Do you have a right to tell others who the can and cannot marry? No. Therefore, government has no right to dictate in this matter either. The only exception is to prohibit that which is not only unnatural and morally reprehensible, but which demonstrably undermines the stability of the nation and its innocent children. Homosexuality and same-sex marriage is one such example. Lest you protest, remember that the Declaration of Indepedence referenced “the laws of Nature” and “Nature’s God” as the foundation of our entire civilization. To institutionalize violations of the laws of nature is to throw out the entire Declaration of Independence and the very concept of America.
Do you have the right to tell someone what they can and cannot build, do, or grow on their property? No. Therefore, government cannot tell people what they can and cannot do on their property – excepting, of course, criminal activities that violate other people’s rights.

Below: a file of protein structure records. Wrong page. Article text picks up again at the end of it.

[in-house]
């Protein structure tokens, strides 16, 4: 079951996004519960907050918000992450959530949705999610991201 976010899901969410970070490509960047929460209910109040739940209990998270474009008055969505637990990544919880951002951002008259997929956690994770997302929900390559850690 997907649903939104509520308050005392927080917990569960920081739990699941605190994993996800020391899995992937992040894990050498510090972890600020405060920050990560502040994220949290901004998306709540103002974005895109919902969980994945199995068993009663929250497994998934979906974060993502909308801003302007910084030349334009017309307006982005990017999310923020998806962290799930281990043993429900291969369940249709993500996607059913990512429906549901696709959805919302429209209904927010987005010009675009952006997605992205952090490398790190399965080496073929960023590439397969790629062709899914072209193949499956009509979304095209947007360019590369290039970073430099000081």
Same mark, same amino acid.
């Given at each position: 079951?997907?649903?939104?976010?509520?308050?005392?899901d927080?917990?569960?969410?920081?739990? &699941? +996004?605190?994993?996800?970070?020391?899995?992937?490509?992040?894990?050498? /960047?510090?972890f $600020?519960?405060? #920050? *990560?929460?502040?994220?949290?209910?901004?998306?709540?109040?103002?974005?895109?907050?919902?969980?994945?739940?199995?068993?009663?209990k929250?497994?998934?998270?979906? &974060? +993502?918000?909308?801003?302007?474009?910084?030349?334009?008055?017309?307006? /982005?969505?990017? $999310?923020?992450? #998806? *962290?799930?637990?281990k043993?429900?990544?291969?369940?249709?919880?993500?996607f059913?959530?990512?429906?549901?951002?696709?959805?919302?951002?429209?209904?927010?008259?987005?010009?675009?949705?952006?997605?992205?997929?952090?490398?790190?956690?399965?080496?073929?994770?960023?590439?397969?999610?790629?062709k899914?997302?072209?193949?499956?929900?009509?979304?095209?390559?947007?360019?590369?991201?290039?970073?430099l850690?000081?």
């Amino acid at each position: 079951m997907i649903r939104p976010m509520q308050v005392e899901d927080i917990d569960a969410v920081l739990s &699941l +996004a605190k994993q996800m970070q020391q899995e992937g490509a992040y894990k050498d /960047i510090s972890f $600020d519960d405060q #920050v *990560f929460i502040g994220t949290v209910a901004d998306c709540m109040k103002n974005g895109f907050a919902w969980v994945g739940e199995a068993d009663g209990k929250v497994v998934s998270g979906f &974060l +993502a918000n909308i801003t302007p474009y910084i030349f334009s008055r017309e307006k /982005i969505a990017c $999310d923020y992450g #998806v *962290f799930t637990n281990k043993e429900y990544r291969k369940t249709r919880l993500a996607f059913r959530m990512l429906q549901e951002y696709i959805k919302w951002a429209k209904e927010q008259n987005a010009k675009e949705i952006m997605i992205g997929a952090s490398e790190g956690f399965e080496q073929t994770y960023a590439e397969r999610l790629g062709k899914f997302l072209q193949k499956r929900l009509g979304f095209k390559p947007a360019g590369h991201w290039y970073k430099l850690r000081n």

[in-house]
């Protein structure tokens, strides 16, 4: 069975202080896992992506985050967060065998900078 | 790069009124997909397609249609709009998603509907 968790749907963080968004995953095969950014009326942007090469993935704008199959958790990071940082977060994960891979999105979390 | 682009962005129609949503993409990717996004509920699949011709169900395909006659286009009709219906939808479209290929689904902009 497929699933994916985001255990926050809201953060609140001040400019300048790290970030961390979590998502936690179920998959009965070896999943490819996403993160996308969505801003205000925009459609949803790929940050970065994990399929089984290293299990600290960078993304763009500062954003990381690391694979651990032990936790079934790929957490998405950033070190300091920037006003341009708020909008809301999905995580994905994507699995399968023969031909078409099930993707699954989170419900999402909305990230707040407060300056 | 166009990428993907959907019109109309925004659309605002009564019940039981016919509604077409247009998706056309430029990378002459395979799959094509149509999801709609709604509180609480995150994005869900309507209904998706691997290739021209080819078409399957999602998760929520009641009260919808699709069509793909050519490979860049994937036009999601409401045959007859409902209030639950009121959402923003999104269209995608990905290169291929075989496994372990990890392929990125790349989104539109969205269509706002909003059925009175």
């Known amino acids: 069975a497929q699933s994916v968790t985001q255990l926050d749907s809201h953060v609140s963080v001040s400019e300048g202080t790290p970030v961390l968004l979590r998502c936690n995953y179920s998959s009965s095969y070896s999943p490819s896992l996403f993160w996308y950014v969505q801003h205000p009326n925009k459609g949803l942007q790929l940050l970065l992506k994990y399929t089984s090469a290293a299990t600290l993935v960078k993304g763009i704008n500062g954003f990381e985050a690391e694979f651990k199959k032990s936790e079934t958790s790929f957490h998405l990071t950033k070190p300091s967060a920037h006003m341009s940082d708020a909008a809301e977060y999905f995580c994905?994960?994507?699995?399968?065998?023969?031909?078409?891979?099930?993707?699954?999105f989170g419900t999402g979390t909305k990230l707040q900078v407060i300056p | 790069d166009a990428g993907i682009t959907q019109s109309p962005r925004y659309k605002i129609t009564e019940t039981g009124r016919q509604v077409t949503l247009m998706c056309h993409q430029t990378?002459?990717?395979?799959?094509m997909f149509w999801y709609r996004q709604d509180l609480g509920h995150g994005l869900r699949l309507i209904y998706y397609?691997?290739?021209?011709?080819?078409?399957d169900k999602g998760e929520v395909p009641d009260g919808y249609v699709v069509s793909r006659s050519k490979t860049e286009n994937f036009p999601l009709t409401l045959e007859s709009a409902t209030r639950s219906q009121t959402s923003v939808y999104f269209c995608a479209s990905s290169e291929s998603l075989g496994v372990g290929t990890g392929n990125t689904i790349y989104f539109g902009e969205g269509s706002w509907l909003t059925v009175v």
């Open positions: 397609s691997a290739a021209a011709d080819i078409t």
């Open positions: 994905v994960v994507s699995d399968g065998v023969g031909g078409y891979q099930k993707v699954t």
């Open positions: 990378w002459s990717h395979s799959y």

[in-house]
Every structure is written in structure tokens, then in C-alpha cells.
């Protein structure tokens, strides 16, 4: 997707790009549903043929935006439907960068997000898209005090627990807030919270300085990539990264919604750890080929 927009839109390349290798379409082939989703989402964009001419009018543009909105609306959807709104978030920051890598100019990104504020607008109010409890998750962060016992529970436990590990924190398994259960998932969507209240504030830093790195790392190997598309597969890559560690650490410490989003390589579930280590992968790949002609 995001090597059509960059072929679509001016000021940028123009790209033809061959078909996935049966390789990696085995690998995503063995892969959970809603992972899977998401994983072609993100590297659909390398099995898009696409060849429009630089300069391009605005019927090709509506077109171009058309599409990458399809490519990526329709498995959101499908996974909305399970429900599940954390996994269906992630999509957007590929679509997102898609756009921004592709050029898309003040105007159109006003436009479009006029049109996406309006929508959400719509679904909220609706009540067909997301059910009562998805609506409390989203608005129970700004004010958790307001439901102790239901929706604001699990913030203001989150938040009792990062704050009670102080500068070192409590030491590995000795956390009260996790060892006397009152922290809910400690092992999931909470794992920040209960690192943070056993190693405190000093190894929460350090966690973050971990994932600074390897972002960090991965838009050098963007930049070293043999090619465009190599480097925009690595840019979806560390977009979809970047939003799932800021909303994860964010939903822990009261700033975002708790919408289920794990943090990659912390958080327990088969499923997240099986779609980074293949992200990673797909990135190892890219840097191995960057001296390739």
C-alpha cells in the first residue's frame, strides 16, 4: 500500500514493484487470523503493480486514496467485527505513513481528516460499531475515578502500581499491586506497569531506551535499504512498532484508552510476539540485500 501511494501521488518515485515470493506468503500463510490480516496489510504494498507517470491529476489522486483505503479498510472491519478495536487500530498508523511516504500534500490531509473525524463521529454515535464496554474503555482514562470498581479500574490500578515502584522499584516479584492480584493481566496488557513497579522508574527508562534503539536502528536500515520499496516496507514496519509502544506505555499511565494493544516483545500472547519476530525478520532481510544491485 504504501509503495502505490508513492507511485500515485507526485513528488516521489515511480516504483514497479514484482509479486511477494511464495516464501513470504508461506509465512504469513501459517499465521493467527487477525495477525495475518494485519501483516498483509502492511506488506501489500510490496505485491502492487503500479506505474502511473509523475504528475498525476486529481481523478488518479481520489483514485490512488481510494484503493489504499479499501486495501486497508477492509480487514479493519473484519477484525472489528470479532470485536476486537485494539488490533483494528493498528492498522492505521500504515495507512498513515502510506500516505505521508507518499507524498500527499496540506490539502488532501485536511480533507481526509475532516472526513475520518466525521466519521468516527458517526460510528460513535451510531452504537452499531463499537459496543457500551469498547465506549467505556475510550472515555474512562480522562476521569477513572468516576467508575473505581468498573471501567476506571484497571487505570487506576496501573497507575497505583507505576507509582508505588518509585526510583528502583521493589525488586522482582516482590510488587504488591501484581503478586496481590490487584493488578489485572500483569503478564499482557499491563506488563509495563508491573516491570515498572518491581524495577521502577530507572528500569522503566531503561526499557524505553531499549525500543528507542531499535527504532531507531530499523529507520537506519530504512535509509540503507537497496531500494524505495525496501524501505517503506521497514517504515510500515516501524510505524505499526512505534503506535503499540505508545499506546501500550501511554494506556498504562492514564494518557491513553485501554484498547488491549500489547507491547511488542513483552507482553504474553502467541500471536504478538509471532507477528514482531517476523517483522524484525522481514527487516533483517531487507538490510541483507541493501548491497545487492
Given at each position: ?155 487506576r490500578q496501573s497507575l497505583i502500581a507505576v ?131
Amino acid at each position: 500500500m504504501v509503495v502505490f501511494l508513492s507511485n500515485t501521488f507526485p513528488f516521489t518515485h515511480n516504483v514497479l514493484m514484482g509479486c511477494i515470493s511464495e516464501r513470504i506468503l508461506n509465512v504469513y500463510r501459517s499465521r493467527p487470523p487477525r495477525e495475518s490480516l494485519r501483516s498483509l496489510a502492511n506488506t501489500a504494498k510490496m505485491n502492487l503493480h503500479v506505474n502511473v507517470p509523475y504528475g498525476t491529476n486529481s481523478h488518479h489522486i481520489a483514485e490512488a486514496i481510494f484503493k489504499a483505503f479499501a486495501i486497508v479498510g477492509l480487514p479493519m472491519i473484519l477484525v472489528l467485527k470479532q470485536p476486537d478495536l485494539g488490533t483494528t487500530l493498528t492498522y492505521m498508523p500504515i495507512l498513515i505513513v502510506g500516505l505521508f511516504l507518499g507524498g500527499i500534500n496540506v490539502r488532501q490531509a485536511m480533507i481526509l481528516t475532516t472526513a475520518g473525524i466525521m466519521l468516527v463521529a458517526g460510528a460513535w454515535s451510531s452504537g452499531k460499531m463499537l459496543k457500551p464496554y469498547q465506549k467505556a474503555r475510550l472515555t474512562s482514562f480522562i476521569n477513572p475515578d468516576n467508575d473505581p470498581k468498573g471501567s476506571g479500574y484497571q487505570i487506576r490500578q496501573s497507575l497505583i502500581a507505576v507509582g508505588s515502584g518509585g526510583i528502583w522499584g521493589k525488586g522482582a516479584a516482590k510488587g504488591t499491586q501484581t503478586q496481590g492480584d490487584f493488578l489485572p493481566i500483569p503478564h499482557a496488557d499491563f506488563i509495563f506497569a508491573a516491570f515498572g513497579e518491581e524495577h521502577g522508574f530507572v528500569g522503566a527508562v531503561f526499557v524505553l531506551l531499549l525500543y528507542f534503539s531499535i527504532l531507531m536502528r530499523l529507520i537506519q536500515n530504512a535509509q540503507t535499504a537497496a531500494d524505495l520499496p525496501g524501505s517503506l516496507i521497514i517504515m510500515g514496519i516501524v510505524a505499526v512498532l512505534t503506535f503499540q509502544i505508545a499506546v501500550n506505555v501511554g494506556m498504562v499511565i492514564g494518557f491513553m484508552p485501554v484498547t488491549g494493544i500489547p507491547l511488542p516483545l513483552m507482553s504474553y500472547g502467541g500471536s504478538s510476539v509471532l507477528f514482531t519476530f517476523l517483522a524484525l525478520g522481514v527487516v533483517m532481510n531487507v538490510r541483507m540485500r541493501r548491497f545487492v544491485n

Do you have a right to dictate what other people can and cannot wear? No. Therefore, neither can the government claim authority to dictate in this aspect. Public decency laws apply, however.
Do you have a right to deprive your neighbor of his means of self-defense? No. Therefore, government cannot justly take away a peaceable individual’s means of personal protection. To acknowledge, as the Declaration of Independence does, that our rights come from God is to simultaneously acknowledge that we have an equal right to defend them. You cannot take away this right without jeopardizing all other rights.
Do you have a right to force your neighbor’s children to go to a public institution to study? No. Therefore, neither does government possess authority to separate children from their parents and force them to study in a public school.
Do you have a right to force another person to inject substances into his body? No. Therefore, government has no such power.
Finally, do you have a right to force your neighbor to stay in his home, wear a face mask, or close his business? No. Therefore, government has no right to force peaceable citizens to stay in the homes, wear masks over their faces, or close their businesses and cut off their livelihoods.